Four Key Features of a Well-Designed Indoor Shooting Range HVAC System

Four Key Features of a Well-Designed Indoor Shooting Range HVAC System


Unless a target range is ice-cold or broiling, few shooters give a second thought to the HVAC system. But for range operators, it’s an entirely different story. As the National Shooting Sports Foundation points out, depending on their role and the design of the HVAC system, shooting range workers “may be exposed to lead daily. Short-term, low-level exposures do not usually present a significant health risk. However, consistent daily exposure has the potential, if not properly managed, to result in a lead poisoning problem.”

Mike Hansen is a long-time project manager with MILO Live—a leading designer of state-of-the-art shooting range and live-fire training systems. MILO Live has over 35 years of experience in shooting range HVAC system design, engineering, and construction. Their teams have installed hundreds of custom independent HVAC, air-handling, and ventilation systems for shooting ranges.

Hansen firmly believes that every indoor range’s HVAC system needs four key characteristics to create a safe and healthy work environment—one that reliably protects employees and visitors from the hazards of lead exposure:

  1. It should be entirely independent of the building’s HVAC
  2. It should always draw in clean outside air
  3. It should efficiently move air downrange away from shooters and staff
  4. It should exhaust air that’s not just free of extra contaminants (like lead dust) but actually cleaner than the outside air it initially brought in

#1 Ensure an Independent HVAC System

Hansen says, “The shooting range air-handling systems should be completely independent of any other buildings, rooms, control booths, classrooms, weapons cleaning rooms, or vestibules.”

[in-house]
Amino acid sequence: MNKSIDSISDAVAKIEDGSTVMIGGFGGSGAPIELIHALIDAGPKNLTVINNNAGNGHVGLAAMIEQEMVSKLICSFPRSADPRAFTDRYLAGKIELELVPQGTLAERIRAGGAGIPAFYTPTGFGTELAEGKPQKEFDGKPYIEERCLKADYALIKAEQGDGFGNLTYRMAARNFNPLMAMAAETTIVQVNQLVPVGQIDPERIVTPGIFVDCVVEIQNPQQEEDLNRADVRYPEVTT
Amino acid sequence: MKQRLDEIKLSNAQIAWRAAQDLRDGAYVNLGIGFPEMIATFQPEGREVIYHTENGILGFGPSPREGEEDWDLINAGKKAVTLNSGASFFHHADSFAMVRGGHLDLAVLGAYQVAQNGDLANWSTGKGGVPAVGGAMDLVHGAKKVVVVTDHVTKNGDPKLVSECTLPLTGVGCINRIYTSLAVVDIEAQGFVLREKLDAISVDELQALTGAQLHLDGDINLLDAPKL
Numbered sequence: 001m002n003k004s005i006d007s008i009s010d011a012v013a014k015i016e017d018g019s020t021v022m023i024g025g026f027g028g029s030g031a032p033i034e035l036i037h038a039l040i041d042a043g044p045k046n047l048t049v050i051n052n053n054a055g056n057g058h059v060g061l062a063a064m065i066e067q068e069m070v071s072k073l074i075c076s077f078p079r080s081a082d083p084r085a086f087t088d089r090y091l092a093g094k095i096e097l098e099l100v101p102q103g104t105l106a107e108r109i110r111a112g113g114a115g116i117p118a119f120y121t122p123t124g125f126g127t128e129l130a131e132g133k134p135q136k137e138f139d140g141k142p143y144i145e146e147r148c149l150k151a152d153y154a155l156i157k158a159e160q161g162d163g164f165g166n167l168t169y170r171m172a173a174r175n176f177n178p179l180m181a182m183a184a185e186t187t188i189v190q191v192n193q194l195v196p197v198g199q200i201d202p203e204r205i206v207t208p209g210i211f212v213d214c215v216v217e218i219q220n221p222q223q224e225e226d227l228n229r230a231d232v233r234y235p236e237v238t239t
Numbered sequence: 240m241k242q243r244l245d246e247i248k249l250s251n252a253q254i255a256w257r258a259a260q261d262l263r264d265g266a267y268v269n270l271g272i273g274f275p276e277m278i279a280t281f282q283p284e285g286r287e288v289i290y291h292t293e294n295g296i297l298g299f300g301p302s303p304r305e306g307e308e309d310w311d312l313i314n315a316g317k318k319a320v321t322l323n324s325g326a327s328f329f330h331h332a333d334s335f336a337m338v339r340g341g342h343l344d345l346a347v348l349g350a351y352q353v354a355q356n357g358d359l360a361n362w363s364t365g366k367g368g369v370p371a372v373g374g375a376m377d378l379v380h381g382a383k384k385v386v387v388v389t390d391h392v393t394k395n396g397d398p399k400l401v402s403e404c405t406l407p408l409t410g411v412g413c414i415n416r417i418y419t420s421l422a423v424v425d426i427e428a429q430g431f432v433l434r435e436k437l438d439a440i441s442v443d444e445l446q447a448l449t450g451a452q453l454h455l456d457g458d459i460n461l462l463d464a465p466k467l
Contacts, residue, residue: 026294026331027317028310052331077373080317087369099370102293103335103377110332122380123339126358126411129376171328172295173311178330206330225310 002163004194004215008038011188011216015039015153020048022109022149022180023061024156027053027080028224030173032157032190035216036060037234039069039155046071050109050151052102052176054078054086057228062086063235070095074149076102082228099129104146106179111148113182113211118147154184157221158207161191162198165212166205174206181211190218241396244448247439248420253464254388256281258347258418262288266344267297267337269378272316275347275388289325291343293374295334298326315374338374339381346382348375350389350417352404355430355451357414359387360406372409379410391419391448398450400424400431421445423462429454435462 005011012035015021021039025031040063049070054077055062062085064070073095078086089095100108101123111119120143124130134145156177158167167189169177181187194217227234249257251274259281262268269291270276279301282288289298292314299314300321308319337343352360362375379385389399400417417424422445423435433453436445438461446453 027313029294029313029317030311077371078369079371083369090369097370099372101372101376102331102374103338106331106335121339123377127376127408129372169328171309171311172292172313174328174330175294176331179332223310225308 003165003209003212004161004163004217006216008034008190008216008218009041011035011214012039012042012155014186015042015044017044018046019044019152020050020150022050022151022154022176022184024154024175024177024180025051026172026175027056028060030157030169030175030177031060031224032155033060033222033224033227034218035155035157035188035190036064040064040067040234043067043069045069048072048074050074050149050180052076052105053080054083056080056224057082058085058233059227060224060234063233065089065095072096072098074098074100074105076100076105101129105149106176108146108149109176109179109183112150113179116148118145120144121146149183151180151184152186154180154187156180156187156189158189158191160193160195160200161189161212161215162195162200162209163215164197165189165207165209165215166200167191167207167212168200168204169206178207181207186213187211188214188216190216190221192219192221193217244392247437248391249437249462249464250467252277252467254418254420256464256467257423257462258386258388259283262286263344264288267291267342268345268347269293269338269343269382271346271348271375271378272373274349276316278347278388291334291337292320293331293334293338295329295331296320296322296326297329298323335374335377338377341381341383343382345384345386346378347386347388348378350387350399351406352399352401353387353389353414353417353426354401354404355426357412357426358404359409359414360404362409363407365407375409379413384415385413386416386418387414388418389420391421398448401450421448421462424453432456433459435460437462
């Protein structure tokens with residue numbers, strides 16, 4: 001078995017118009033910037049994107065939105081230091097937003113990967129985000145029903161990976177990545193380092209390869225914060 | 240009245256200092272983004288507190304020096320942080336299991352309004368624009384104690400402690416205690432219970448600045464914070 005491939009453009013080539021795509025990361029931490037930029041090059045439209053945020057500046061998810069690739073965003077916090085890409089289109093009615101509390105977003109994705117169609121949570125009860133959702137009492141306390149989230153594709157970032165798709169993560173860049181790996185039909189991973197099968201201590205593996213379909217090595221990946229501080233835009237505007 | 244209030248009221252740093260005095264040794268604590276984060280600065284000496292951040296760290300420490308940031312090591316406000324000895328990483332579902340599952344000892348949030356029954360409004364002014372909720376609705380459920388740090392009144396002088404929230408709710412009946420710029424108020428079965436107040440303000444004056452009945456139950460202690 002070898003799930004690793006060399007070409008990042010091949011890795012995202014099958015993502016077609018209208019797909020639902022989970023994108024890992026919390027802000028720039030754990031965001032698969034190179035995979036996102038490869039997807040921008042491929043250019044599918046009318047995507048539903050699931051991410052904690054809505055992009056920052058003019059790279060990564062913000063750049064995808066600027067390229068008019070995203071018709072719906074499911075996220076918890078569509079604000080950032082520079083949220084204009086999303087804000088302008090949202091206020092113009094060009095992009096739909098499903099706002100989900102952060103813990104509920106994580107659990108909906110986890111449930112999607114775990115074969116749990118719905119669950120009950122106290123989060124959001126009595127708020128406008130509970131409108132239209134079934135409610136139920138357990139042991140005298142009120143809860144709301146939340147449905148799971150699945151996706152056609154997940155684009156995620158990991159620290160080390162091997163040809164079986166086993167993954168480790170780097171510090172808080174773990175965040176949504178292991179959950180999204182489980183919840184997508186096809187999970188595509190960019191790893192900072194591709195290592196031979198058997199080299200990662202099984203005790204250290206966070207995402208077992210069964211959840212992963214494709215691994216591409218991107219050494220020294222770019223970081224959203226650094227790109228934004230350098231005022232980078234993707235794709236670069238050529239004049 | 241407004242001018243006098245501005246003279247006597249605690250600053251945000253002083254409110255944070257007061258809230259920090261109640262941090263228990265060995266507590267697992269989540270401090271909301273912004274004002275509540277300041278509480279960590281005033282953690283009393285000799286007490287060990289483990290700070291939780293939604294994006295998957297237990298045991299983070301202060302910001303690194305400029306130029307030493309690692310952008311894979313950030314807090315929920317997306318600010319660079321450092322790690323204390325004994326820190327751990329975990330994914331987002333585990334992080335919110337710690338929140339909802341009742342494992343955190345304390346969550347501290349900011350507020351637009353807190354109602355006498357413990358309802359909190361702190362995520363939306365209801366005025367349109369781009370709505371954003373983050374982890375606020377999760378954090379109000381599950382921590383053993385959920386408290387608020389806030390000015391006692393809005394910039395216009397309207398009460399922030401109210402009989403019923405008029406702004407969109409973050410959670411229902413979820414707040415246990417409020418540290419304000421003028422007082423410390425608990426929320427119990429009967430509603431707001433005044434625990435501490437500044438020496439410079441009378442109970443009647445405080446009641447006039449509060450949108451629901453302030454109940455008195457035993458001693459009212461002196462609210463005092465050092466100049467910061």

If anything goes wrong, the last thing you want is to create a lead hazard in areas that you had every reason to believe were healthy and safe. MILO Live always opts for an independent HVAC system that meets OSHA, NIOSH, and EPA regulations for safety. They include these as standard on every Ready Range and design them for each of their custom indoor shooting range systems.


#2 Create Negative Pressure

The shooting range should always draw in clean outside air, regardless of weather, temperature, occupancy, or activity level.

The shorthand for this is “laminar supply airflow that is uniform and at the proper volume and velocity” and provides a “negative air pressure” throughout the range. To accomplish this, the designed supply air pressure inside the range is always at a fixed engineered value, and the exhaust air handler is adjustable to exhaust approximately 10% more volume than the supply air, creating a slight negative air pressure within the range and ensuring the down range laminar airflow.

“It’s just like a hospital clean room,” Hansen explains. “With a negative pressure inside the range, anyone entering or exiting the range is bringing fresh air into the range, and all air leaving the range passes through the 99.97% HEPA filtration system, then out of the range”


#3 Recognize the Importance of Laminar Flow

Air should always move downrange—away from the entrance, shooters, and staff—as efficiently as possible. This pattern of air movement is known as “laminar flow.”